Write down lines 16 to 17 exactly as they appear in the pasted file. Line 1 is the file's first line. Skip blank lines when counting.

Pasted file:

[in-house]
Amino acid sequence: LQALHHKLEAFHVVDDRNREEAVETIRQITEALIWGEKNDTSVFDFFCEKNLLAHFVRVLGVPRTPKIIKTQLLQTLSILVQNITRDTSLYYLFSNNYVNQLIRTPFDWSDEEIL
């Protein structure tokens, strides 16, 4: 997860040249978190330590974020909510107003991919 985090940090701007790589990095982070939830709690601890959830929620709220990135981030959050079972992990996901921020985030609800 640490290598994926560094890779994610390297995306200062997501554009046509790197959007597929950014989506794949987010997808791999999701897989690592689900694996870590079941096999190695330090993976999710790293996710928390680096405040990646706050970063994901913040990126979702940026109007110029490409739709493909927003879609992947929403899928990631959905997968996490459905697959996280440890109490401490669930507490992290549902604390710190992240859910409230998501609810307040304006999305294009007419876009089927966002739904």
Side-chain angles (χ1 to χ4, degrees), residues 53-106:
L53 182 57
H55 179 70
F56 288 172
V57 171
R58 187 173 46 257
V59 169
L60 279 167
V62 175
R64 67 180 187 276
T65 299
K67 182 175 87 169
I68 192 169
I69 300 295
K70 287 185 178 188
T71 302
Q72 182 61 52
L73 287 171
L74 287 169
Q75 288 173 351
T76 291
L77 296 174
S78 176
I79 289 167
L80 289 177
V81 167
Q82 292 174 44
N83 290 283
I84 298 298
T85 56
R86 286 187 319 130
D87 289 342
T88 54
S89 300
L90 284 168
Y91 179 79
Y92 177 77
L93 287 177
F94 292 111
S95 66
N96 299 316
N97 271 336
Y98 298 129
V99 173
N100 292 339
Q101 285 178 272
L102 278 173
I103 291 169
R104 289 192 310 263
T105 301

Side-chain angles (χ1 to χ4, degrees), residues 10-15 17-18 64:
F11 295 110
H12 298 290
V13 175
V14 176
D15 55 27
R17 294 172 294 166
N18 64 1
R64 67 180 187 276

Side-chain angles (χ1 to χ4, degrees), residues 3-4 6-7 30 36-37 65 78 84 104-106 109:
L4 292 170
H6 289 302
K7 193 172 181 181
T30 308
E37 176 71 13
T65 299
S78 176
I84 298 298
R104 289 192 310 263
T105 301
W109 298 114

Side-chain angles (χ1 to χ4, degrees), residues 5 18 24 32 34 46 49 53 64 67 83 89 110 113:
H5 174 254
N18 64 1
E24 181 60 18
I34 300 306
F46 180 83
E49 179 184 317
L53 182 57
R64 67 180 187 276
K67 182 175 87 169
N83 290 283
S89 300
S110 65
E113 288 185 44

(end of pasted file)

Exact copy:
I68 192 169
I69 300 295